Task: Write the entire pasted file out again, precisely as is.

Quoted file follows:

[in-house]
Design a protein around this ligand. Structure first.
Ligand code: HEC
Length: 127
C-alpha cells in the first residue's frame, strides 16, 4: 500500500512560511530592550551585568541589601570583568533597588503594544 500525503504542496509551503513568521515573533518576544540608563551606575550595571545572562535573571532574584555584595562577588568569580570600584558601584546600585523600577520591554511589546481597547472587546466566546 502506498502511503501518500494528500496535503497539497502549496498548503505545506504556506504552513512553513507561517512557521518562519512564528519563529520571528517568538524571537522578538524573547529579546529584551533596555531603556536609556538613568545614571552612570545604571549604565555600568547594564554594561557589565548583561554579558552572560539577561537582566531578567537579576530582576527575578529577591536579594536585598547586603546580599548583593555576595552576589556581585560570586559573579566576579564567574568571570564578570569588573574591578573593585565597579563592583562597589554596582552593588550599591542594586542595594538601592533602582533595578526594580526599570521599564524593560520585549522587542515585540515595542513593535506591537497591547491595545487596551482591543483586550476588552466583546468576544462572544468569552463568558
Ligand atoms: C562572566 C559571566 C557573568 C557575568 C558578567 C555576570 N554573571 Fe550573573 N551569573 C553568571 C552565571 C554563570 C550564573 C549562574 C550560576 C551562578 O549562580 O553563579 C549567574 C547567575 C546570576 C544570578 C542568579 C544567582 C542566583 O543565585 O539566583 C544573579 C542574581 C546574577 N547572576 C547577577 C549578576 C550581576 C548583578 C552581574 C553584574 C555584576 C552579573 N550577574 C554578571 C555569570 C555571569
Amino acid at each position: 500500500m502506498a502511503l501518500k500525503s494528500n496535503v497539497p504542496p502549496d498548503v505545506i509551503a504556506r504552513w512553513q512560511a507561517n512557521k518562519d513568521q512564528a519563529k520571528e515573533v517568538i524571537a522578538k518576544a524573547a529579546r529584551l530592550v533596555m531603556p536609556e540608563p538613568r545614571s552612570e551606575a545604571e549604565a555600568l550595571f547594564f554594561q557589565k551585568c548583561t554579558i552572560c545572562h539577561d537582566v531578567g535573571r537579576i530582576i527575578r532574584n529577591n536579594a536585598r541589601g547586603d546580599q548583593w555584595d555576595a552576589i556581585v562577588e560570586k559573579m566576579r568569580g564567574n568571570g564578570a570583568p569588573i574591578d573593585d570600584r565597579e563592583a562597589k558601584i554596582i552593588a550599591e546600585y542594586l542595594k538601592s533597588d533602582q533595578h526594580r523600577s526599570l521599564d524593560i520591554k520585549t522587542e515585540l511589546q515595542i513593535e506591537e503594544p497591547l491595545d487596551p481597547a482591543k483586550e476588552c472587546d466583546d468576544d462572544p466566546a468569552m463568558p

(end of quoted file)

[in-house]
Design a protein around this ligand. Structure first.
Ligand code: HEC
Length: 127
C-alpha cells in the first residue's frame, strides 16, 4: 500500500512560511530592550551585568541589601570583568533597588503594544 500525503504542496509551503513568521515573533518576544540608563551606575550595571545572562535573571532574584555584595562577588568569580570600584558601584546600585523600577520591554511589546481597547472587546466566546 502506498502511503501518500494528500496535503497539497502549496498548503505545506504556506504552513512553513507561517512557521518562519512564528519563529520571528517568538524571537522578538524573547529579546529584551533596555531603556536609556538613568545614571552612570545604571549604565555600568547594564554594561557589565548583561554579558552572560539577561537582566531578567537579576530582576527575578529577591536579594536585598547586603546580599548583593555576595552576589556581585560570586559573579566576579564567574568571570564578570569588573574591578573593585565597579563592583562597589554596582552593588550599591542594586542595594538601592533602582533595578526594580526599570521599564524593560520585549522587542515585540515595542513593535506591537497591547491595545487596551482591543483586550476588552466583546468576544462572544468569552463568558
Ligand atoms: C562572566 C559571566 C557573568 C557575568 C558578567 C555576570 N554573571 Fe550573573 N551569573 C553568571 C552565571 C554563570 C550564573 C549562574 C550560576 C551562578 O549562580 O553563579 C549567574 C547567575 C546570576 C544570578 C542568579 C544567582 C542566583 O543565585 O539566583 C544573579 C542574581 C546574577 N547572576 C547577577 C549578576 C550581576 C548583578 C552581574 C553584574 C555584576 C552579573 N550577574 C554578571 C555569570 C555571569
Amino acid at each position: 500500500m502506498a502511503l501518500k500525503s494528500n496535503v497539497p504542496p502549496d498548503v505545506i509551503a504556506r504552513w512553513q512560511a507561517n512557521k518562519d513568521q512564528a519563529k520571528e515573533v517568538i524571537a522578538k518576544a524573547a529579546r529584551l530592550v533596555m531603556p536609556e540608563p538613568r545614571s552612570e551606575a545604571e549604565a555600568l550595571f547594564f554594561q557589565k551585568c548583561t554579558i552572560c545572562h539577561d537582566v531578567g535573571r537579576i530582576i527575578r532574584n529577591n536579594a536585598r541589601g547586603d546580599q548583593w555584595d555576595a552576589i556581585v562577588e560570586k559573579m566576579r568569580g564567574n568571570g564578570a570583568p569588573i574591578d573593585d570600584r565597579e563592583a562597589k558601584i554596582i552593588a550599591e546600585y542594586l542595594k538601592s533597588d533602582q533595578h526594580r523600577s526599570l521599564d524593560i520591554k520585549t522587542e515585540l511589546q515595542i513593535e506591537e503594544p497591547l491595545d487596551p481597547a482591543k483586550e476588552c472587546d466583546d468576544d462572544p466566546a468569552m463568558p